Perhaps no one is more mysterious and mythic than Grigori Rasputin.
Born in an obscure Siberian peasant village in 1869, religious conversion and a career as a traveling saint and healer took Rasputin to the Russian royal court, where he became their closest confidant, chief adviser and one of the most powerful men in the empire.
But there was something fascinating and repulsive about a man as mysterious as Rasputin, even in his lifetime. As a result, the domestic and foreign media used him as a weapon to push their own agenda, leading to his becoming Russia’s most hated man and his assassination in 1916. Fictions have become so commonplace that they are still believed a century later.
Now, this is technically true, but the myth surrounding how he did it, which is still not known for sure today, is often wrapped in hocus pocus and mysticism.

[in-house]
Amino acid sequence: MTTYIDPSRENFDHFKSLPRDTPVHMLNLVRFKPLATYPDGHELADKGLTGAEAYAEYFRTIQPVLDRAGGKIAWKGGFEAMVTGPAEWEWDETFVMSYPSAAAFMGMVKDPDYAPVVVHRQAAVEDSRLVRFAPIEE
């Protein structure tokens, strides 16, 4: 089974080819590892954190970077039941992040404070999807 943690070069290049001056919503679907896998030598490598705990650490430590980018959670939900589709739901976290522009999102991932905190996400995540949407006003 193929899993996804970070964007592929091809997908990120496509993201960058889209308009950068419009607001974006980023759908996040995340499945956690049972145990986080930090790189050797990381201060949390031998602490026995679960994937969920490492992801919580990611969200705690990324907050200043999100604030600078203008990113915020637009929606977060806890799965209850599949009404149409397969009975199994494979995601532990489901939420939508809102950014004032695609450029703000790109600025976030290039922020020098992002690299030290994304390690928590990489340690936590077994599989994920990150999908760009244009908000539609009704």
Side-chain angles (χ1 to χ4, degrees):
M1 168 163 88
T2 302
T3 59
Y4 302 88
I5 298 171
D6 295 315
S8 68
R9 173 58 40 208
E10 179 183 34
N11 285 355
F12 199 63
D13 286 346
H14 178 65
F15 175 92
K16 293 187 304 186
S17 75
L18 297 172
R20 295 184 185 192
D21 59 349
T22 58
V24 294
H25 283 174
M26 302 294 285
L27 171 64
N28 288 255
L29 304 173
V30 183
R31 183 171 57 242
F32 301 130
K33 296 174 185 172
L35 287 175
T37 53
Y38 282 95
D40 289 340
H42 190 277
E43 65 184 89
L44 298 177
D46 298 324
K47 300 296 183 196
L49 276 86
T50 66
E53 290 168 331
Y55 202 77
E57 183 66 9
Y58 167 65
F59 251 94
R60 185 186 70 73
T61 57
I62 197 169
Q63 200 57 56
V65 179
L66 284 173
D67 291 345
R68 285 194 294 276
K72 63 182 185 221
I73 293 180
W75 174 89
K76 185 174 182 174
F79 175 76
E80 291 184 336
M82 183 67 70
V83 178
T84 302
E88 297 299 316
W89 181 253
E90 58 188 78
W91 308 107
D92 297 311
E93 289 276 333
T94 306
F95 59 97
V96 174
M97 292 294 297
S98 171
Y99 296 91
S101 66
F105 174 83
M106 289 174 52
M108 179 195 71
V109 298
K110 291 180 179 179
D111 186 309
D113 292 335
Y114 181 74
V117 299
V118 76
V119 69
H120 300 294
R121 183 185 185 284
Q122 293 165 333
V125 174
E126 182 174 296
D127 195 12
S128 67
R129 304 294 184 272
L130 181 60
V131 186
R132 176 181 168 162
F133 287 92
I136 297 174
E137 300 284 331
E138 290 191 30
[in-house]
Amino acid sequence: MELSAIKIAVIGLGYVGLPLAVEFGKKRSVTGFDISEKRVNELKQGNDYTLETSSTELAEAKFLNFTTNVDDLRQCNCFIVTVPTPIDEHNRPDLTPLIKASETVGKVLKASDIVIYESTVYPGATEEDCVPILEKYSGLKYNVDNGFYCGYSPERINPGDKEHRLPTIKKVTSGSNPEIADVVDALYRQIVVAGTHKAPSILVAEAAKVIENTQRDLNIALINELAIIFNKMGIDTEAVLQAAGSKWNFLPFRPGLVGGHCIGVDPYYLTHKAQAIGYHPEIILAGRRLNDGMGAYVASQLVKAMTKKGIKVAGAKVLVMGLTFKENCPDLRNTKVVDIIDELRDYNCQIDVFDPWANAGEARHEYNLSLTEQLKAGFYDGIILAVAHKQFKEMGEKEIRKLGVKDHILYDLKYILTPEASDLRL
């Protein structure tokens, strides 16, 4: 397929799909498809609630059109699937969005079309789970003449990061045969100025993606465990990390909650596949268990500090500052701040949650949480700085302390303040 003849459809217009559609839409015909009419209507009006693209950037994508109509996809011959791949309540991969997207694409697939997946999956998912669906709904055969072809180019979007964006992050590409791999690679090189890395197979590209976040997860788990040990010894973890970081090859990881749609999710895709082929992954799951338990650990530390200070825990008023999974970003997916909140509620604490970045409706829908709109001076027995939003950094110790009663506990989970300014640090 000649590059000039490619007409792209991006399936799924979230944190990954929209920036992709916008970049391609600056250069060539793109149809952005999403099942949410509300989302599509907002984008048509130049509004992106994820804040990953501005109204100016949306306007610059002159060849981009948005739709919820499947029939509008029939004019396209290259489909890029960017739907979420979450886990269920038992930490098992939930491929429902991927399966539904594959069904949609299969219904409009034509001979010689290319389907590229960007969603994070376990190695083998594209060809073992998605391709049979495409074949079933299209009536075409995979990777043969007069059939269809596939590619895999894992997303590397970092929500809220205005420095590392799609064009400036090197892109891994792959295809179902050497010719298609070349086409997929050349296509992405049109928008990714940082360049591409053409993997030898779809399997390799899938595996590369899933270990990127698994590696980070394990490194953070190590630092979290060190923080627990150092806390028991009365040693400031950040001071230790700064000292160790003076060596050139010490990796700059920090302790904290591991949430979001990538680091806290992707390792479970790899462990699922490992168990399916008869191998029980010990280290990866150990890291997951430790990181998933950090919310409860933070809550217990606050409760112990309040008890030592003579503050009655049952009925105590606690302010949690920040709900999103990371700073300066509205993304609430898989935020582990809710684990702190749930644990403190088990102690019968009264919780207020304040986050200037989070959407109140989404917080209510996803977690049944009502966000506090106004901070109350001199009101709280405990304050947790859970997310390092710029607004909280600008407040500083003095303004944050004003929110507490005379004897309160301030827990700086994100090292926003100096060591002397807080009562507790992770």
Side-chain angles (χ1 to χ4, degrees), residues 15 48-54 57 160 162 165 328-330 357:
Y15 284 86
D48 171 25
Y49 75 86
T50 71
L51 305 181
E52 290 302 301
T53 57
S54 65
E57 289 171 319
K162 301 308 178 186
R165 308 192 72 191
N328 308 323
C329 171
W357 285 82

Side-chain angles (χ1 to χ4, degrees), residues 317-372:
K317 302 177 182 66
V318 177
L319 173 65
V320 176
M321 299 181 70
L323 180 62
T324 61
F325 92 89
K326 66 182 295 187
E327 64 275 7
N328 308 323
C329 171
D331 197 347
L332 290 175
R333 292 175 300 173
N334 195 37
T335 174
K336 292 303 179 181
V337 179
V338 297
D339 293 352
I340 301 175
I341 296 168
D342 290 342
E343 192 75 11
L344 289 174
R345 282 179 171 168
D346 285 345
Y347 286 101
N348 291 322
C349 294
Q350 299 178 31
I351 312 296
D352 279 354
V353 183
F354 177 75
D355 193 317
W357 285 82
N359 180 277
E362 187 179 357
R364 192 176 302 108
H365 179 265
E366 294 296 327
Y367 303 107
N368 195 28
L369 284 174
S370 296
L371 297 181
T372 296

Nicholas and Alexandra’s only son was Alexei, a weak boy who inherited hemophilia from his mother’s side and wasn’t expected to live long into adulthood. The disease stops blood from clotting, meaning a simple tumble (as young boys are wont to do) could result in almost fatal internal hemorrhaging. More than once, the priest was called in to read Alexei his last rights.
Yet Rasputin would always come to the rescue, sometimes in person, sometimes with just a letter. Known throughout Russia as a faith healer, even before he first met the royal family, Rasputin became indispensable to Nicholas and Alexandra: their heir could seemingly only be kept alive by the mystic and no one else. But this was certainly not spiritual healing. Some say it was simply a matter of Rasputin sending the doctors from his side and ordering them to leave Alexei alone. This makes sense considering the common treatment for hemophilia at the time was aspirin, which today we know thins the blood, about the worst thing to give a hemophiliac. By insisting the doctors leave Alexei alone, he probably saved the boy’s life—not spiritual healing.